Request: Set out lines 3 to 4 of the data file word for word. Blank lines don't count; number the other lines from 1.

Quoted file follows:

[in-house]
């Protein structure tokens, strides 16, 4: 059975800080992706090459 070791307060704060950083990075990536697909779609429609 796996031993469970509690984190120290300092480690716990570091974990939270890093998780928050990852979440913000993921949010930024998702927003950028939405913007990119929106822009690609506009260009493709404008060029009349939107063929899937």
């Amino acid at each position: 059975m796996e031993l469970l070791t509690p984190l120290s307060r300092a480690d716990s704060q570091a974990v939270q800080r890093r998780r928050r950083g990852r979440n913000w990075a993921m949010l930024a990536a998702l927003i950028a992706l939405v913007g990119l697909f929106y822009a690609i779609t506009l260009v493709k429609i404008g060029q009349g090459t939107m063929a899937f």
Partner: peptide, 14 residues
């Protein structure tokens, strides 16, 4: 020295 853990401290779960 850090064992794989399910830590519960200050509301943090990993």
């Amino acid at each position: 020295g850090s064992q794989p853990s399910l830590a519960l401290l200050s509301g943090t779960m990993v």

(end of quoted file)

């Amino acid at each position: 059975m796996e031993l469970l070791t509690p984190l120290s307060r300092a480690d716990s704060q570091a974990v939270q800080r890093r998780r928050r950083g990852r979440n913000w990075a993921m949010l930024a990536a998702l927003i950028a992706l939405v913007g990119l697909f929106y822009a690609i779609t506009l260009v493709k429609i404008g060029q009349g090459t939107m063929a899937f």
Partner: peptide, 14 residues